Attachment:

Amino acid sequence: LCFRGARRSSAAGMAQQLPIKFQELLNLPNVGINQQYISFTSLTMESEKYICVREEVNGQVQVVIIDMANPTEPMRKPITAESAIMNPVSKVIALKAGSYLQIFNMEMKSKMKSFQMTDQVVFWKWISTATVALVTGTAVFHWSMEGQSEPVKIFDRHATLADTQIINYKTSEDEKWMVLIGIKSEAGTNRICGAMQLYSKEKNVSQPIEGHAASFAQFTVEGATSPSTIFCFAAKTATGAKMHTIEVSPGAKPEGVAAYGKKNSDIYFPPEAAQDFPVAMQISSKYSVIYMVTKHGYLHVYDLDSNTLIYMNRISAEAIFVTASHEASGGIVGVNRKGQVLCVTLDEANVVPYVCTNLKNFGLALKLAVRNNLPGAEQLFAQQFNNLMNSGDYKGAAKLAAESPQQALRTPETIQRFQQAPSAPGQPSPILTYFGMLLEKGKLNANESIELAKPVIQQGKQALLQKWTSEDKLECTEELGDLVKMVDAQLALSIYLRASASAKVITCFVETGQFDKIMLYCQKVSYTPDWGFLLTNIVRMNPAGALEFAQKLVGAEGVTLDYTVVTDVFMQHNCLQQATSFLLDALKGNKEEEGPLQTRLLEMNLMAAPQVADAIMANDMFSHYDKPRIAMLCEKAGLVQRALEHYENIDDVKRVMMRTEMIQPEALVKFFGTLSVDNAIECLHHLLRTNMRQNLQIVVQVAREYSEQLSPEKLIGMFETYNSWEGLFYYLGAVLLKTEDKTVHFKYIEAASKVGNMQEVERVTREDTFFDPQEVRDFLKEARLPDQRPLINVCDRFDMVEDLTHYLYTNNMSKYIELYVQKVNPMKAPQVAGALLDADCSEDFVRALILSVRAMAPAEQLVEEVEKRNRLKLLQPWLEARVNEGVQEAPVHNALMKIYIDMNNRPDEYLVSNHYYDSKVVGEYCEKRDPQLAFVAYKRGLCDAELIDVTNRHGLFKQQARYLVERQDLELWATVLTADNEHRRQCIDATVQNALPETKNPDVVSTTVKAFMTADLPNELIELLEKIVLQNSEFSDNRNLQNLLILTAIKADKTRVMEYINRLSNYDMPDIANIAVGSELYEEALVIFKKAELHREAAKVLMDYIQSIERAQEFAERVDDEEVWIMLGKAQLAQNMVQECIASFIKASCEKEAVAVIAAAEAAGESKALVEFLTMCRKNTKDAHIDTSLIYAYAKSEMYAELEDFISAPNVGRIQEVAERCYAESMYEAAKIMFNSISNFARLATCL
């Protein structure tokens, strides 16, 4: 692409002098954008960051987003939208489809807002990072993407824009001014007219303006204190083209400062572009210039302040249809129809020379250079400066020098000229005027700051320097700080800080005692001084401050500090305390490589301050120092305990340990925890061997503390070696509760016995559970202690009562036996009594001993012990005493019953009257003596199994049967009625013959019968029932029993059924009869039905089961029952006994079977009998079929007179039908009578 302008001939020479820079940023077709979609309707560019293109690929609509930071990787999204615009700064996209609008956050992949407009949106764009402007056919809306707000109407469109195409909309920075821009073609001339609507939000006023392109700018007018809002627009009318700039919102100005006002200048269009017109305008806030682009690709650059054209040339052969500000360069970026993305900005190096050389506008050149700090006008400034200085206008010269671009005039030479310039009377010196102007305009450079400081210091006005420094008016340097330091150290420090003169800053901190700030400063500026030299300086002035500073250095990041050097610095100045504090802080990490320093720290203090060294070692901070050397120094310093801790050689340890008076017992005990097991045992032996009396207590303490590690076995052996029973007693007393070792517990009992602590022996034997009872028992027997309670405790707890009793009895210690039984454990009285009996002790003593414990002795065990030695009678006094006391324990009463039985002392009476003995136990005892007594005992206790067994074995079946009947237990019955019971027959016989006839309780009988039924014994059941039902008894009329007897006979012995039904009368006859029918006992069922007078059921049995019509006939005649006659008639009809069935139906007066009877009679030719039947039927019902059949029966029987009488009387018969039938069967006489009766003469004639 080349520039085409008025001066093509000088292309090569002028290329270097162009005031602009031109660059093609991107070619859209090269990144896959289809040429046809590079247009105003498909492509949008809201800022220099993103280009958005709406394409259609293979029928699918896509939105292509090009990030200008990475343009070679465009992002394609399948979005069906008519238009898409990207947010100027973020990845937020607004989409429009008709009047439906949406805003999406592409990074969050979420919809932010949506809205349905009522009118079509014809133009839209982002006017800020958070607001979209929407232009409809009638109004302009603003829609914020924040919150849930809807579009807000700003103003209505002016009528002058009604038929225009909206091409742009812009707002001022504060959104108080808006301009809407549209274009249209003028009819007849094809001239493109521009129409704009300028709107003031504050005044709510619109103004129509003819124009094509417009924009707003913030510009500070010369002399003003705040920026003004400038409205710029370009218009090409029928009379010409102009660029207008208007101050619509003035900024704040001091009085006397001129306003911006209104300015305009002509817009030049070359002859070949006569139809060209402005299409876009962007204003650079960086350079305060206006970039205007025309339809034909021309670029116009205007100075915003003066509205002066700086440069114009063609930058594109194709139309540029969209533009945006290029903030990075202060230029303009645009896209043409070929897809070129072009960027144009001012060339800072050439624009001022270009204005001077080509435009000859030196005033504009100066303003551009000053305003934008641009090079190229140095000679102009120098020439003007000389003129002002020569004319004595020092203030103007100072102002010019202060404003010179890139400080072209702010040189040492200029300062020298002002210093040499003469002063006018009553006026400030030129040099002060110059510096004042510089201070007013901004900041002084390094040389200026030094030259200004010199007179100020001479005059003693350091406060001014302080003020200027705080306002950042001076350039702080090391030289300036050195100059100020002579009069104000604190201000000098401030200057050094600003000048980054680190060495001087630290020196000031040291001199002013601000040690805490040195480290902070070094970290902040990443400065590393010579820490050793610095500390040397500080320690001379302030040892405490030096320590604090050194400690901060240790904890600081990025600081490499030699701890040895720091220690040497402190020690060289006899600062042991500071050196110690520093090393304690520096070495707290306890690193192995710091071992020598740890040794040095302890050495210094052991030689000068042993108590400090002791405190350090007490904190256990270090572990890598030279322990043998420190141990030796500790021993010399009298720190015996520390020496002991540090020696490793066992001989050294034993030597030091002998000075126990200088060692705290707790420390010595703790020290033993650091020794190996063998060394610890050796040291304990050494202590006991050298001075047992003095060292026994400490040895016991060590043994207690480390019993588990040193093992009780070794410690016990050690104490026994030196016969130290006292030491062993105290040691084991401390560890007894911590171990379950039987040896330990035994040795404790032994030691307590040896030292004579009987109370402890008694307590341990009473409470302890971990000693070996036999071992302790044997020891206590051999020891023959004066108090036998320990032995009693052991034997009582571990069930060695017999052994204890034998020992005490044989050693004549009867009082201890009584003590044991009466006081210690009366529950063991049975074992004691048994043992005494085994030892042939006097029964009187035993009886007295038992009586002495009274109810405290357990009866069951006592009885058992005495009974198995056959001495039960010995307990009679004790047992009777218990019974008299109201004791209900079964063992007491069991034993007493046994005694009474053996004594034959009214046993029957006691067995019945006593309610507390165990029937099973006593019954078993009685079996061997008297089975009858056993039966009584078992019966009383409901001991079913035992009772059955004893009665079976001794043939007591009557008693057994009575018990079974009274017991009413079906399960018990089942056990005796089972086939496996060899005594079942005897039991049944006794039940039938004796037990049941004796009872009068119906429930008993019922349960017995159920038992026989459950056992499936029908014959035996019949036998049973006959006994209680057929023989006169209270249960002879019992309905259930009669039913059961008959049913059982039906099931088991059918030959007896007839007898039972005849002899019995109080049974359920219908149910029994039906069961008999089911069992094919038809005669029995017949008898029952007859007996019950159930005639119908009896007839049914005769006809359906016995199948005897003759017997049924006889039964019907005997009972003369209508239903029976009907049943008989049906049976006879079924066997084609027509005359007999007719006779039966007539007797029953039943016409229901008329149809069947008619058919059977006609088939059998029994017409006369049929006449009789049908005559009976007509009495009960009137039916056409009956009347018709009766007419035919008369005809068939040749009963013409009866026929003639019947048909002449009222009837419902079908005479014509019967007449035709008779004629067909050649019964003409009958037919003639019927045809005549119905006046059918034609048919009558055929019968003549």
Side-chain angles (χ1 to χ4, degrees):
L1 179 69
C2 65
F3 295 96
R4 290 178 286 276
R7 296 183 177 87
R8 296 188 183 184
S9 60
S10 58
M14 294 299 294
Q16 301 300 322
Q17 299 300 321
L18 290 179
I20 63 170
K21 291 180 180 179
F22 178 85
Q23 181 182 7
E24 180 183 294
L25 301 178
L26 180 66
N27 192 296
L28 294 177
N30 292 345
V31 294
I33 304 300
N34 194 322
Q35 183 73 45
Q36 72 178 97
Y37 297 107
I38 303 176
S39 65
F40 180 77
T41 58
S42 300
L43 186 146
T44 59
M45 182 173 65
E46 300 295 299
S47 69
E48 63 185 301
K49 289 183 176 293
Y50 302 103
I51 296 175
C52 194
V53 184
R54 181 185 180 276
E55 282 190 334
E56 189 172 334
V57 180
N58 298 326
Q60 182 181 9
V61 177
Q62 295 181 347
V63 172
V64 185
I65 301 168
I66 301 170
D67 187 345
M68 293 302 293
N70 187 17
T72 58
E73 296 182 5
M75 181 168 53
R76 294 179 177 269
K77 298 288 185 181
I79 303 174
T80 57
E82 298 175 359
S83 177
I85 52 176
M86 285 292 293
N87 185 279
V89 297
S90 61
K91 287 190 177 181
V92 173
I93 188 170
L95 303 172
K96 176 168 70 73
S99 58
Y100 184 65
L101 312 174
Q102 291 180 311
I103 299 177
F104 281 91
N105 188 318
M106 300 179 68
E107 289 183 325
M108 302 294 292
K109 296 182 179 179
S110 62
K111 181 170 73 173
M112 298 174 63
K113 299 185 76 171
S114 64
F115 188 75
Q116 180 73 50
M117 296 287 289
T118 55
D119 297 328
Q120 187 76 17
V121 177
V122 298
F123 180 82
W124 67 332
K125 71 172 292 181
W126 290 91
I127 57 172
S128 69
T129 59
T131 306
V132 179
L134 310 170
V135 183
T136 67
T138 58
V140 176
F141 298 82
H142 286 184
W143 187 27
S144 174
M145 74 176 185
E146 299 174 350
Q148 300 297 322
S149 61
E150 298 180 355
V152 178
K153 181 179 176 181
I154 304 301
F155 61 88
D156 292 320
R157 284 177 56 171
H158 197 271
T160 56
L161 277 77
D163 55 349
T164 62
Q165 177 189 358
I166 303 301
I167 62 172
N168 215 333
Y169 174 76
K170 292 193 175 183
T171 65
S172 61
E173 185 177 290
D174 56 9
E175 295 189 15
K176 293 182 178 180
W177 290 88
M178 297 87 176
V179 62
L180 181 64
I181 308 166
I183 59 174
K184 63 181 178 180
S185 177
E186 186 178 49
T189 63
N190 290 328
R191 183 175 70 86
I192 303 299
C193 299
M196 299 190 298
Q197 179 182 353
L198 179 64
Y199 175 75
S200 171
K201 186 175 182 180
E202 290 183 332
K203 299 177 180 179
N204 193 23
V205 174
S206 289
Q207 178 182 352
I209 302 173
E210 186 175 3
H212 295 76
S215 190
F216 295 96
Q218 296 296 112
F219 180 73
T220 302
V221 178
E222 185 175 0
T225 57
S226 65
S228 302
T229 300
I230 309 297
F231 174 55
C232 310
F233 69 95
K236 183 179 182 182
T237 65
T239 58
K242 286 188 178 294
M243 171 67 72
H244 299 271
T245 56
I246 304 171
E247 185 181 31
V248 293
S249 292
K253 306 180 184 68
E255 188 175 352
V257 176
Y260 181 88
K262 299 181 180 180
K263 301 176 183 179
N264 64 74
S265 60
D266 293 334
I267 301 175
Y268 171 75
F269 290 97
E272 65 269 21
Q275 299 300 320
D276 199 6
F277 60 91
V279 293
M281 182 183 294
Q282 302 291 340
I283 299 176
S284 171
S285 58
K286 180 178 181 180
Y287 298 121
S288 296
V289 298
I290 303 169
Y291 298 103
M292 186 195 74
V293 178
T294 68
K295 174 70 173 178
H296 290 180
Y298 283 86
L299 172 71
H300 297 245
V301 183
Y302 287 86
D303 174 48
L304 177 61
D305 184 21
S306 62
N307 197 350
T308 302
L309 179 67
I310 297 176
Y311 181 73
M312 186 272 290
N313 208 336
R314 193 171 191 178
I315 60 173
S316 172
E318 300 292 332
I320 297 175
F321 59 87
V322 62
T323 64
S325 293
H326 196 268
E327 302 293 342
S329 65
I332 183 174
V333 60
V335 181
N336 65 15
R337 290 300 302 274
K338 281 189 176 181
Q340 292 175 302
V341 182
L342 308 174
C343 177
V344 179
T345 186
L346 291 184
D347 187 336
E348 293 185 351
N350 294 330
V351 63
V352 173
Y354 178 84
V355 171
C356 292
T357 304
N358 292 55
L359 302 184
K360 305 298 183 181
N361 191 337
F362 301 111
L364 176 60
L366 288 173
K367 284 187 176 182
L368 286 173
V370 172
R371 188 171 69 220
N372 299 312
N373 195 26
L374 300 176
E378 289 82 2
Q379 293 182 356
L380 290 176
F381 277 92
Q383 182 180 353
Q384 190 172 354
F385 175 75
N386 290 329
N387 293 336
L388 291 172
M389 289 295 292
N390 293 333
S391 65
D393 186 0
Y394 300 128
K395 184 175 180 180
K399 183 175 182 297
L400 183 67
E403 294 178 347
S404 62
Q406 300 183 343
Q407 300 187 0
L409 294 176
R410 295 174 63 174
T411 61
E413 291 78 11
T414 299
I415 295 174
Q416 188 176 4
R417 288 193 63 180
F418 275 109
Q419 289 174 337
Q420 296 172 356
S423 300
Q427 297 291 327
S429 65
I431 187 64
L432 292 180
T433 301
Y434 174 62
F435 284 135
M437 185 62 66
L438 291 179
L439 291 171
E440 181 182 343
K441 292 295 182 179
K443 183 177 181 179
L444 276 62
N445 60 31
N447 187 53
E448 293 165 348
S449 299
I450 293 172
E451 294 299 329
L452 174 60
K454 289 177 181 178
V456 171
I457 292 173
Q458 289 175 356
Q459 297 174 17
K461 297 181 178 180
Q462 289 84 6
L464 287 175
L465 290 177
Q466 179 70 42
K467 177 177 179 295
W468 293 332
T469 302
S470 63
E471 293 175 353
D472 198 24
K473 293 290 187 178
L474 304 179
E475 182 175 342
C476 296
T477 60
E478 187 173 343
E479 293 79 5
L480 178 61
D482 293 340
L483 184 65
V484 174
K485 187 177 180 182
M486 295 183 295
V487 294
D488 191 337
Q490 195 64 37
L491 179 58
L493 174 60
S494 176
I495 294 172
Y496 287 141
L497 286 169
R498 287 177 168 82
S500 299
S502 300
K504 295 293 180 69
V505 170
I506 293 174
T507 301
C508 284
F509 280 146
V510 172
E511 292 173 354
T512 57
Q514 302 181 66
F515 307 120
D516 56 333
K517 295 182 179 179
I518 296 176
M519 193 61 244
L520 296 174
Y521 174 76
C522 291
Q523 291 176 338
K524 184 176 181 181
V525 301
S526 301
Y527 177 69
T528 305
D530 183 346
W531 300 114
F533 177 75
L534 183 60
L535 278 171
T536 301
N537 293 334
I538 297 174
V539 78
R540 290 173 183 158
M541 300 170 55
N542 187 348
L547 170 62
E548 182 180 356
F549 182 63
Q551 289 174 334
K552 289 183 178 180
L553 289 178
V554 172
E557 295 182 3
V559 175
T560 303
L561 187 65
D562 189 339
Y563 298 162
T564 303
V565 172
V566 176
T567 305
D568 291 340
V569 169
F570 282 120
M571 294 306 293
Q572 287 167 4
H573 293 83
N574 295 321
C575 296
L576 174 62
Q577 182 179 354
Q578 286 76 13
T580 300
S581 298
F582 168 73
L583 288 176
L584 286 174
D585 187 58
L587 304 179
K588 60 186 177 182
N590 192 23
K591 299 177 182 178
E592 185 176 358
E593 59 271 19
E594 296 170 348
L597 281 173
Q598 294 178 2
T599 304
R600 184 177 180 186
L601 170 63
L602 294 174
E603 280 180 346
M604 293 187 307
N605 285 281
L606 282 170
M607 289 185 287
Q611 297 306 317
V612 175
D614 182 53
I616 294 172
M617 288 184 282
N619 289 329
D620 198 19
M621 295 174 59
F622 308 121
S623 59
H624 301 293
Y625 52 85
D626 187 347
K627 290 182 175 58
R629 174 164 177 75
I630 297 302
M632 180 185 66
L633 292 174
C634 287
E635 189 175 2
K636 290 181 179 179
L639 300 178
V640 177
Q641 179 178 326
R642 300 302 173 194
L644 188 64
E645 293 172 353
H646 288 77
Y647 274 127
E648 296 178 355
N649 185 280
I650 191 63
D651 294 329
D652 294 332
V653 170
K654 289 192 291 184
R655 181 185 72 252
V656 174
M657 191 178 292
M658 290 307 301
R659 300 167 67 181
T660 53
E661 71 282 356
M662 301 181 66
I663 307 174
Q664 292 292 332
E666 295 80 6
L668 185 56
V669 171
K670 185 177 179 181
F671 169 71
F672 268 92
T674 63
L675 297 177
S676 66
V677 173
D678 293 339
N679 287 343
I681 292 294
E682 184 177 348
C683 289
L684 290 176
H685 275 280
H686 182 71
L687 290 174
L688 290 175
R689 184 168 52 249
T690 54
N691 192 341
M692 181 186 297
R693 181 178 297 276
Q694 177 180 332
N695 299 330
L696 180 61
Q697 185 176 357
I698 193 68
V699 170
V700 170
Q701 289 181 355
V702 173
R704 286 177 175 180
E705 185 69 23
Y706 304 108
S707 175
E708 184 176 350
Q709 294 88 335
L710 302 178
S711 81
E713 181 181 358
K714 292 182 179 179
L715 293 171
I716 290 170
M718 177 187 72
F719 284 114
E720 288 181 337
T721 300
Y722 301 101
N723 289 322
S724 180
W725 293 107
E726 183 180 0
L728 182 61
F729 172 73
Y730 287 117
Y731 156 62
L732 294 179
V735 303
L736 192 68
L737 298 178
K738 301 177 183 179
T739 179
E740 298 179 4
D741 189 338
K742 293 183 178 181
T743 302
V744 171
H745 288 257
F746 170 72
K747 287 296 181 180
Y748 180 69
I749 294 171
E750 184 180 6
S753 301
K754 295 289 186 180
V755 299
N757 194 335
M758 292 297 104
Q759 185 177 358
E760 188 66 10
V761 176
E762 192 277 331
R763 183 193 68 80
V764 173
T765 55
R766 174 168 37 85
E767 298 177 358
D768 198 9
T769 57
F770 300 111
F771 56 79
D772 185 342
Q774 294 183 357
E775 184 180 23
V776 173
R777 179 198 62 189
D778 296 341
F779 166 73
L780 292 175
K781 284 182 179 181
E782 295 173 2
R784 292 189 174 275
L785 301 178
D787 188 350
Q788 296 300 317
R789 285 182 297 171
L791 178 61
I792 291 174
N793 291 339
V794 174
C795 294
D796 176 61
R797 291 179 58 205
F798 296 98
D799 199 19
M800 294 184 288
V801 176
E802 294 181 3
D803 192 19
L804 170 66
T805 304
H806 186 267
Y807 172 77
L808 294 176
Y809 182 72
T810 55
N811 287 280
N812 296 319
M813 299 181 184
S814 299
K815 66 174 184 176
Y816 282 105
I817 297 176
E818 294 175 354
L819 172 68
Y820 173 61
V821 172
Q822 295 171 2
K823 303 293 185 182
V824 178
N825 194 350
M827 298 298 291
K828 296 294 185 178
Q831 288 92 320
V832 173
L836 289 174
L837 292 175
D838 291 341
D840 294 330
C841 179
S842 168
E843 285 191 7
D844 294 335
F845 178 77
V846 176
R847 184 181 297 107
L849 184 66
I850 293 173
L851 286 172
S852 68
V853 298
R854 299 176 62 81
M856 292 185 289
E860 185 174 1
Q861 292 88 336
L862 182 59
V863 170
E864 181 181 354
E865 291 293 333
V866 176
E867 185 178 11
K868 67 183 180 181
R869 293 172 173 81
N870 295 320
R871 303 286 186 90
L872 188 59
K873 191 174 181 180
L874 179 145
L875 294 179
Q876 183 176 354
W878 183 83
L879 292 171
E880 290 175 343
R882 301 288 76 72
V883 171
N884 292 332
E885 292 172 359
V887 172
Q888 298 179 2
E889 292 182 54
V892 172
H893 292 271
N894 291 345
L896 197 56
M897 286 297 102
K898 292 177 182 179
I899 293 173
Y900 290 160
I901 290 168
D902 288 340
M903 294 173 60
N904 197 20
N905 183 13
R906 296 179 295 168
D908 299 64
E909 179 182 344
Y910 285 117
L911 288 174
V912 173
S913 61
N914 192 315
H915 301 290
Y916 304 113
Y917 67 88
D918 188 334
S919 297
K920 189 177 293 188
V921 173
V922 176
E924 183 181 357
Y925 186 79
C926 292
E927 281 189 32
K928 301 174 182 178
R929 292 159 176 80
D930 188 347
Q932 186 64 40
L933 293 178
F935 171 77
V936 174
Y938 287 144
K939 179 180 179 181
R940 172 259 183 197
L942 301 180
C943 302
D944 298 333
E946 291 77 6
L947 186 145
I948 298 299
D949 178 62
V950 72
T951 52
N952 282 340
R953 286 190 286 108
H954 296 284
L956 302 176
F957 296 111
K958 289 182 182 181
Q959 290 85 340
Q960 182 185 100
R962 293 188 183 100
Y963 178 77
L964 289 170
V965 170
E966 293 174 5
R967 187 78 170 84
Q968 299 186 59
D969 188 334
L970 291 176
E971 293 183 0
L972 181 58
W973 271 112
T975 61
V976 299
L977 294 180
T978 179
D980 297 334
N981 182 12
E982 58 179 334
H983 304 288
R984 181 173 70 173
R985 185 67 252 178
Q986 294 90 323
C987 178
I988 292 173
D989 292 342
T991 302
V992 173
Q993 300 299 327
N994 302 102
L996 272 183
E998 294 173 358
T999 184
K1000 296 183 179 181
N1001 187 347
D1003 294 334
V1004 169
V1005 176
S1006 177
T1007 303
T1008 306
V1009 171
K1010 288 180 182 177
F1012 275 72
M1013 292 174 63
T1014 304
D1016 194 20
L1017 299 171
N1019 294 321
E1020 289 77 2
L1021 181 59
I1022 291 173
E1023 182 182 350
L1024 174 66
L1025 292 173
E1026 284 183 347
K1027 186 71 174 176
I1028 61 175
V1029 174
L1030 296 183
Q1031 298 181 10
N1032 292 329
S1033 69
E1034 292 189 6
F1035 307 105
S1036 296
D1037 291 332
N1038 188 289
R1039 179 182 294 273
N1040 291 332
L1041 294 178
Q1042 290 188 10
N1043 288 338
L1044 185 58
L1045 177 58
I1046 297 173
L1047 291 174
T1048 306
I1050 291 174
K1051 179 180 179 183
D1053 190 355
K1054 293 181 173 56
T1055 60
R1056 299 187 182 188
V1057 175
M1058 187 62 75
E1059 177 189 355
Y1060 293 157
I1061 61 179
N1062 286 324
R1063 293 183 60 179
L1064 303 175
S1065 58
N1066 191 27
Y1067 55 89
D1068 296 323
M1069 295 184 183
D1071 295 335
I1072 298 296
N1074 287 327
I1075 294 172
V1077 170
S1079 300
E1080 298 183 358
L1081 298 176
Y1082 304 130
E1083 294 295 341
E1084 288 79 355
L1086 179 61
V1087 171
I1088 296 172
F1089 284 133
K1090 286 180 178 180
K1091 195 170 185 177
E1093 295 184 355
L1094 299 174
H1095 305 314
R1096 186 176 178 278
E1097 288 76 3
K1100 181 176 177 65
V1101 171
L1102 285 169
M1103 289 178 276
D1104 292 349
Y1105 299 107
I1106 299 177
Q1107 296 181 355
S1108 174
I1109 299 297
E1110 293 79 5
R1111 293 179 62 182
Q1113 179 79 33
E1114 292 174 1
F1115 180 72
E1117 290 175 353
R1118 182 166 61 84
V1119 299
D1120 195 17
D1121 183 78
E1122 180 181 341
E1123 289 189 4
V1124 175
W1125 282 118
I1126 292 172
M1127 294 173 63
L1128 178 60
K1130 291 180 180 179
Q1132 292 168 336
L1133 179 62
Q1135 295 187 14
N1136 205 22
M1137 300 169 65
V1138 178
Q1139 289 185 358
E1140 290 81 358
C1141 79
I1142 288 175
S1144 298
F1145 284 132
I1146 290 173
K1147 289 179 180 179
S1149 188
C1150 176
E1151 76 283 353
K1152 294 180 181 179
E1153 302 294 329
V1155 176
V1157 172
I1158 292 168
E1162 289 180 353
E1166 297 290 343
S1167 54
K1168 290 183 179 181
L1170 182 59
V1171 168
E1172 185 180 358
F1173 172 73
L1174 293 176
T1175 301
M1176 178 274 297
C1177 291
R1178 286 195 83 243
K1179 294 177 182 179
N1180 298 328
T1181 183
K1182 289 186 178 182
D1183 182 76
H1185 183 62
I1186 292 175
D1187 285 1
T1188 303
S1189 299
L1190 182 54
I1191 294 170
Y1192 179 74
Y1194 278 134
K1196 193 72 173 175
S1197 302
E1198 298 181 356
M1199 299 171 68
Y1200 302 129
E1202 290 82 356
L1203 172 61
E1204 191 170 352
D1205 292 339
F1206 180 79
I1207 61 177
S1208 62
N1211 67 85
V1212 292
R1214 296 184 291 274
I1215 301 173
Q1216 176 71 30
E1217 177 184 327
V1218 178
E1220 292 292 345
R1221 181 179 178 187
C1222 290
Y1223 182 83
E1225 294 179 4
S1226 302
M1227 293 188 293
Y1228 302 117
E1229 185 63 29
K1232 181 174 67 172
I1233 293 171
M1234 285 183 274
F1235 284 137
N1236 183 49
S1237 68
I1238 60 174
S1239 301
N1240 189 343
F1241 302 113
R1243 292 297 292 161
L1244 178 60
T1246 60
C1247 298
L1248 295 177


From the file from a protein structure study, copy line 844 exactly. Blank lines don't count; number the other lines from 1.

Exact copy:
I1028 61 175